I like the idea of finding out where each team they like is located for a geography lesson too. Many of my students have heard of the teams but have no idea where they are located so this would be a great way to “sneak” in some learning! It would be fun to determine the distance to the different tournament sites or to the location of each team from the student’s home. Some teams have players from other countries and it would be fun to learn more about that country.

As Anthony mentioned of course, this whole big event can be used to teach so many different math skills.

How are you using March Madness in the classroom? Please share.

Posted on the Successful Teaching Blog by loonyhiker (successfulteaching at gmail dot com).

Original image: 'Hoops' by: Arturo Donate

Wednesday, March 16, 2011

Substitute Planning and Other Stuff

a. Contact Info: I’m loonyhiker on Plurk and Twitter.

b. Yes I Can by Danny O’Flaherty from his Secret Garden CD

a. Luck of the Straw:.

b. Green Stamp:

c. Wee Leprechaun:

d. Ravelry: a social networking site for knitters and crocheters

(I apologize for the sound quality. My microphone quit working and I just used the mic on my laptop in my huge room which made it sound like I was in an echo chamber!)

Podcast Powered By Podbean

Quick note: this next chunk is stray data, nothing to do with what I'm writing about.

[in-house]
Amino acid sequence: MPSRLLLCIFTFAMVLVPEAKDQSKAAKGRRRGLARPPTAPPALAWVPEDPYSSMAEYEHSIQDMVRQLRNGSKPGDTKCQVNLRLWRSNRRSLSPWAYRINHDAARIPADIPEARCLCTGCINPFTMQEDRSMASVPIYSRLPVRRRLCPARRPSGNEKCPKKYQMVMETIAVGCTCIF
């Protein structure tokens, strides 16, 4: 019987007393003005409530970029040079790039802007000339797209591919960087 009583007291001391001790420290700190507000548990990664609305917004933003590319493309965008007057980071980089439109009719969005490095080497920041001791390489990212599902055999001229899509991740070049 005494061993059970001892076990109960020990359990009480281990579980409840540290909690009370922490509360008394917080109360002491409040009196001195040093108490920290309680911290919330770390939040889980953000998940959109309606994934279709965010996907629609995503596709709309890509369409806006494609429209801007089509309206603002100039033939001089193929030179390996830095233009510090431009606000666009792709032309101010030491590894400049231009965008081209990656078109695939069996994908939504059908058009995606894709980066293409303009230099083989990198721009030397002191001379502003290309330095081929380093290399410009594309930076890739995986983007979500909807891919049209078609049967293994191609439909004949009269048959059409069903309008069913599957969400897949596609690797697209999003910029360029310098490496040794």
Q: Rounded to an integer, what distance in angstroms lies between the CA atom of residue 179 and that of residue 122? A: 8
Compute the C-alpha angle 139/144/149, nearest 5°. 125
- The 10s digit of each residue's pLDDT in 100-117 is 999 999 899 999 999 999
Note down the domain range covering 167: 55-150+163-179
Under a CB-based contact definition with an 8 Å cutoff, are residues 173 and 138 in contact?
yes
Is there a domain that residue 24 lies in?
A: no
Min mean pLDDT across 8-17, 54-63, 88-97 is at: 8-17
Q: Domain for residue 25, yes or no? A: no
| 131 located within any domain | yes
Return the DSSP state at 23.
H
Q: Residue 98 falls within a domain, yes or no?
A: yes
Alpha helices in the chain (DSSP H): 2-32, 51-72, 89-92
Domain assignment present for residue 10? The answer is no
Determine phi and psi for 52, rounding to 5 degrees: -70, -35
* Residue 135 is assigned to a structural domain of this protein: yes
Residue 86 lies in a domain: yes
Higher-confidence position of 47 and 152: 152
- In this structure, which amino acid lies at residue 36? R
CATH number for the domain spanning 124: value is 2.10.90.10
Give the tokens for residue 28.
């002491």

Tuesday, March 15, 2011

8 Ways to Avoid Procrastination

procrastinatorIn Maybe I'll Stop Procrastinating...Tomorrow from Sioux's Page, Sioux shares some practical advice for procrastinators and then asks,

“What advice do you have for procrastinators?”

I grew up hearing that saying, “Don’t put off until tomorrow, what you can do today!” In fact I’m betting that most people have heard this saying in one form or another.

I have to admit that I am probably the Queen of Procrastination.

I hate doing the things that I really hate doing. (That makes sense, doesn’t it?) I think most people feel the same way. But feeling the same way as most people doesn’t help me get things done.

Admitting I have a problem doesn’t really help me much either.

Yet, I am amazed at how many people see me differently. I have heard people tell me that I’m very organized and dependable because I always meet my deadlines.

Reading this post from Sioux made me think of the things that I do so that people don’t see me as the Queen of Procrastination but rather the Queen of Getting Things Done on Time. (Boy do I have them fooled!). I realized that this does not come naturally and I have to struggle to make this happen. Here are some of the things that I do to succeed in this way.

1. Make a list of the things that need to be done and list the dates they are due.

2. Put the list of things in order according to order in which they are due.

3. Look at the items and see which ones can be done easily and quickly. If possible, do these and get them out of the way immediately.

4. Look at the items that are left. On another sheet of paper, list the next item that is due. Write down what is needed to accomplish this task and prioritize these items. Start doing the things on the list in the order they are now listed.

5. Mark things off the list as they get done.

6. Take one step at a time and work on each task in #4. Since these tasks are broken down, they are not so overwhelming.

7. Give myself small rewards for getting a specific task done before starting on the next task.

8. Know what things distract me and make a conscious effort not to allow myself to do these things. (Or use this as one of my rewards with a time limit)